Holy Mountain

By Annabel Dover

Pushing my paper-filled case up the hill past still-open shops, I see a woman on a stretcher having CPR. I realise this is Evangelismos Hospital, where one of the people injured in the 1973 Athens Polytechnic Uprising later died. I push the case on past, and up a cool, dark street with a homeless person’s empty bed and packet of biscuits.


Opposite a vast, Palladian building I finally find the American School entrance and the guards let me in. They take my case until I explain I’m looking for the British not the American School. They drop my bags instantly and point at a neo-classical house.


A tall thin scholar called Hugh lets me in, and I empty my case on the marble floor of the hallway next to a dinner party hosted by — I later discover — the director of the School and his wife. The Director comes out and offers to help. A magenta-coloured pencil rolls out of my bag and towards the skirting board and my knickers are strewn on the floor. It’s an art performance piece, I say. He laughs.


My first walk to Syntagma Square is at night and along a busy road. I see the Evzones parading with their heavy leather clogs, clip-clopping past the florists. 


I missed the message from Gian Piero, Lucy, and Tom that they had climbed Lycabettus hill to see the fireworks. And that Gian Piero had bought me a pink candle.


I put on sandals and walked fast out onto the streets. Everyone I saw seemed to be walking towards me with children and candles. People said happy Easter in the way people say happy Christmas on a Boxing Day walk on Hampstead Heath.


I bought a funicular ticket from the pregnant woman in the shop and got in the silent ski lift with a German family. At the top there was a chichi restaurant and the crowd was hot and close. An immaculate man dressed in Ralph Lauren with a cashmere sweater knotted over his shoulders came so close to me I could smell his cigar breath. I was breathing in the Elnett hairspray of the woman in front and a Louis Vuitton bag stabbed me in the breasts. I’d reached the top and felt huge acrylic heat all around me. The view reminded me of the lights you see from the Eiffel Tower. I had tears of sweat on my cheeks and palms and my dress was wet and sealed to my back.


I nudged my hands through the people, and a blind man behind me put his hand on my shoulder. ‘Endaxi’, I said: one of my few Greek words. He laughed.


Later I ran down the hill on my own, stopping when a car approached so I didn’t look odd or desperate.


I saw a dog under a tree. He was standing obediently beside a couple having sex against a cypress.


I reached the bottom and asked a group of Americans on their spring break for directions. They asked me to guess their star signs.


‘Scorpio,’ I said.


‘Oh yes! You guessed it! The evil, sexy sign.’ I thought of my ex-boyfriend; a Scorpio. I thanked them.


‘You’re welcome,’ they said in an upbeat chorus.


I found a huge 1930s warehouse and a quiet street of small Art Deco flats. I saw a woman breastfeeding by the TV in a darkened room, and a dog like a bottle brush wedged in the gutter.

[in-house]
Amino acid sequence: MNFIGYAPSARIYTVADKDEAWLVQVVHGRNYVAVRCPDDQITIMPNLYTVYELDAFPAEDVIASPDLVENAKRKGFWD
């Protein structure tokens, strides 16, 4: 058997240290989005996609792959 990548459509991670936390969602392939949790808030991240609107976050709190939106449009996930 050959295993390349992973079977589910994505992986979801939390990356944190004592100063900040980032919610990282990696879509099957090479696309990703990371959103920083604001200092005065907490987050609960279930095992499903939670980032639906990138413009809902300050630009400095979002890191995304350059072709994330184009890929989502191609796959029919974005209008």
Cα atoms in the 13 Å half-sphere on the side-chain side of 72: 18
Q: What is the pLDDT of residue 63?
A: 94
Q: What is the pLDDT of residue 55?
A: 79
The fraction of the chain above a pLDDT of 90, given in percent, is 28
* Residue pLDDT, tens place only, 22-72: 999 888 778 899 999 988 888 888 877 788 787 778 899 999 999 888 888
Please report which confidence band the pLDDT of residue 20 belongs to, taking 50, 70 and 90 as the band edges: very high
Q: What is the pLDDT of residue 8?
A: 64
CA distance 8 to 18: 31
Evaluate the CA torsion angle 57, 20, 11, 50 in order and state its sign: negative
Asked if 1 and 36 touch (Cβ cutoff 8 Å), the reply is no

I heard on the radio that chaffinches stick to their own kind and have quite distinct neighbourhoods: the jocks and the nerds. Everyone at the British School is a nerd, which is nice. Occasionally on Sundays the students from the American School live up to stereotype and play vigorous tennis. They even did it the day we were advised to stay inside because all of the trees were being sprayed with insecticide. I could hear the shouts and the racket thwacks.


As dusk approaches a liquid sound can be heard from the attic: the sound of a pebble being dropped into a well. It fades only at dawn. Many archeological finds are found in wells and tombs.


Listening to Radio 4 again I heard that there is a dusk chorus as well as a dawn chorus and this has led researchers to believe that it is a sign of strength to sing on an empty stomach after just waking up. This reminded me of an ex-boyfriend’s morning press ups. The pebble-dropping-into-a-well sound started again at dusk. Emailing my sister, I call it the Doorbell Booby. I imagine an Edward Lear gangly stork-type bird, with a mournful expression.


I discover what makes the sound, and it isn’t a Doorbell Booby. Lots of people had their own ideas as to what it was: a car alarm, a distant sonar, children making a sound with a toy, something to do with the nearby hospital. It’s a scops owl. I saw a group of these once in Suffolk at an owl sanctuary. They elongate their faces when scared and look like cartoon ghosts. I had picked up a tawny owl which had hit a car and driven it the 30 miles to the sanctuary. It was put in a warm box and then as I was talking to the woman in charge who had a lit Berkley menthol in her mouth she put her hands into the box and wrung its neck.


‘Never would have survived,’ she said.


The scops owl is back again. According to the RSPB reference recordings it’s a male, looking for a female.


I went to a fascinating talk about the Festival of Arkteia at the site of Vravrona. It posited the idea that there was a festival where girls approaching the menarche gathered together naked and wore bear masks.


The lovely paintings in the drawing room are revealed to be by Edward Lear. Several of Crete hang in steps above the wall. Stephen talks about living in Crete with his wife, now gone, and how they walked home over a hill that looked very like the one in the painting.


“He hasn’t captured Crete at all in that one.”


“It’s Egypt, that one,” says the Director’s wife.


Poor Edward Lear, what a very hidden life he must have led. Epileptic and he never told anyone, and homosexual. He thought the two were linked. He thought that he harboured inner demonic forces.

Illustration by Annabel Dover